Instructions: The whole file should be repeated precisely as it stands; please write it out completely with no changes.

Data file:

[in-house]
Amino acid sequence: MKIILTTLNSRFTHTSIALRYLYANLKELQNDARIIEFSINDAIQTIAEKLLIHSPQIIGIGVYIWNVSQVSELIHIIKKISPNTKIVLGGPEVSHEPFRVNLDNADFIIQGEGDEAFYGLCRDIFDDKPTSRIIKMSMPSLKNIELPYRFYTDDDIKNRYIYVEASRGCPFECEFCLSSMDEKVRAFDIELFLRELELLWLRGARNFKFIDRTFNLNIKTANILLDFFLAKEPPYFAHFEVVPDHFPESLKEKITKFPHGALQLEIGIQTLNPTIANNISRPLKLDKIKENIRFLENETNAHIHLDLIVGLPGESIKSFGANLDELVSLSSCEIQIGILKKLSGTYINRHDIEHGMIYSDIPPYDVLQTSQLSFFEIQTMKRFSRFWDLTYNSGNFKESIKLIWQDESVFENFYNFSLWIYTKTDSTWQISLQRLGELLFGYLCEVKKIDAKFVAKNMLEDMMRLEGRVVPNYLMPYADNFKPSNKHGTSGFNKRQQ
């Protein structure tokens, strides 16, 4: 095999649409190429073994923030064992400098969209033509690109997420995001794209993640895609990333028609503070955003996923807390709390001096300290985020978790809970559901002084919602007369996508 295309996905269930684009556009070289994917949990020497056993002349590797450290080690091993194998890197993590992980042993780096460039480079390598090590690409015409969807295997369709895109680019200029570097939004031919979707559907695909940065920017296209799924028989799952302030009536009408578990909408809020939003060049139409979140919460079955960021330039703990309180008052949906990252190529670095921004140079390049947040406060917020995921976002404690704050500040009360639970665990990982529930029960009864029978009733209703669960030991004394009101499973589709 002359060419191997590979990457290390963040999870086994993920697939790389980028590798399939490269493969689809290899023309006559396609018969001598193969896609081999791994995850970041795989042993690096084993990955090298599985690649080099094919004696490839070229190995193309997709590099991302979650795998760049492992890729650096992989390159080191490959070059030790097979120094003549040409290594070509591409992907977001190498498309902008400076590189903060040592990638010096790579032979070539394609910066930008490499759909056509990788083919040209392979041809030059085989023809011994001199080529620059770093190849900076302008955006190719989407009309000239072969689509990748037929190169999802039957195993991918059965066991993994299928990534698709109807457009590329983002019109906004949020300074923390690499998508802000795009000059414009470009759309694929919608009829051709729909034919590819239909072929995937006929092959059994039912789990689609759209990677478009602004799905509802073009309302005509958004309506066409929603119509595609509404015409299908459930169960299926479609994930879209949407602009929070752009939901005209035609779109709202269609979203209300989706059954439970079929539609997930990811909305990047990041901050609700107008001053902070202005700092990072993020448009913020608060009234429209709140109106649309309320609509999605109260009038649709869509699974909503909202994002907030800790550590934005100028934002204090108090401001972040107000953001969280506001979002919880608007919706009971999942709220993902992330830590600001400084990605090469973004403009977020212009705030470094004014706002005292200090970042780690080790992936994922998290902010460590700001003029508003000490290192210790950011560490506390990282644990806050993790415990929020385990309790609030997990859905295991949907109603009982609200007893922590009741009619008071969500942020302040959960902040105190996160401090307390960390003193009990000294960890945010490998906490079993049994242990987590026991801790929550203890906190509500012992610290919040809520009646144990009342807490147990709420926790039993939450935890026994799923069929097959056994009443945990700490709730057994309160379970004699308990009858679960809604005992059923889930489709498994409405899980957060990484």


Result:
[in-house]
Amino acid sequence: MKIILTTLNSRFTHTSIALRYLYANLKELQNDARIIEFSINDAIQTIAEKLLIHSPQIIGIGVYIWNVSQVSELIHIIKKISPNTKIVLGGPEVSHEPFRVNLDNADFIIQGEGDEAFYGLCRDIFDDKPTSRIIKMSMPSLKNIELPYRFYTDDDIKNRYIYVEASRGCPFECEFCLSSMDEKVRAFDIELFLRELELLWLRGARNFKFIDRTFNLNIKTANILLDFFLAKEPPYFAHFEVVPDHFPESLKEKITKFPHGALQLEIGIQTLNPTIANNISRPLKLDKIKENIRFLENETNAHIHLDLIVGLPGESIKSFGANLDELVSLSSCEIQIGILKKLSGTYINRHDIEHGMIYSDIPPYDVLQTSQLSFFEIQTMKRFSRFWDLTYNSGNFKESIKLIWQDESVFENFYNFSLWIYTKTDSTWQISLQRLGELLFGYLCEVKKIDAKFVAKNMLEDMMRLEGRVVPNYLMPYADNFKPSNKHGTSGFNKRQQ
């Protein structure tokens, strides 16, 4: 095999649409190429073994923030064992400098969209033509690109997420995001794209993640895609990333028609503070955003996923807390709390001096300290985020978790809970559901002084919602007369996508 295309996905269930684009556009070289994917949990020497056993002349590797450290080690091993194998890197993590992980042993780096460039480079390598090590690409015409969807295997369709895109680019200029570097939004031919979707559907695909940065920017296209799924028989799952302030009536009408578990909408809020939003060049139409979140919460079955960021330039703990309180008052949906990252190529670095921004140079390049947040406060917020995921976002404690704050500040009360639970665990990982529930029960009864029978009733209703669960030991004394009101499973589709 002359060419191997590979990457290390963040999870086994993920697939790389980028590798399939490269493969689809290899023309006559396609018969001598193969896609081999791994995850970041795989042993690096084993990955090298599985690649080099094919004696490839070229190995193309997709590099991302979650795998760049492992890729650096992989390159080191490959070059030790097979120094003549040409290594070509591409992907977001190498498309902008400076590189903060040592990638010096790579032979070539394609910066930008490499759909056509990788083919040209392979041809030059085989023809011994001199080529620059770093190849900076302008955006190719989407009309000239072969689509990748037929190169999802039957195993991918059965066991993994299928990534698709109807457009590329983002019109906004949020300074923390690499998508802000795009000059414009470009759309694929919608009829051709729909034919590819239909072929995937006929092959059994039912789990689609759209990677478009602004799905509802073009309302005509958004309506066409929603119509595609509404015409299908459930169960299926479609994930879209949407602009929070752009939901005209035609779109709202269609979203209300989706059954439970079929539609997930990811909305990047990041901050609700107008001053902070202005700092990072993020448009913020608060009234429209709140109106649309309320609509999605109260009038649709869509699974909503909202994002907030800790550590934005100028934002204090108090401001972040107000953001969280506001979002919880608007919706009971999942709220993902992330830590600001400084990605090469973004403009977020212009705030470094004014706002005292200090970042780690080790992936994922998290902010460590700001003029508003000490290192210790950011560490506390990282644990806050993790415990929020385990309790609030997990859905295991949907109603009982609200007893922590009741009619008071969500942020302040959960902040105190996160401090307390960390003193009990000294960890945010490998906490079993049994242990987590026991801790929550203890906190509500012992610290919040809520009646144990009342807490147990709420926790039993939450935890026994799923069929097959056994009443945990700490709730057994309160379970004699308990009858679960809604005992059923889930489709498994409405899980957060990484």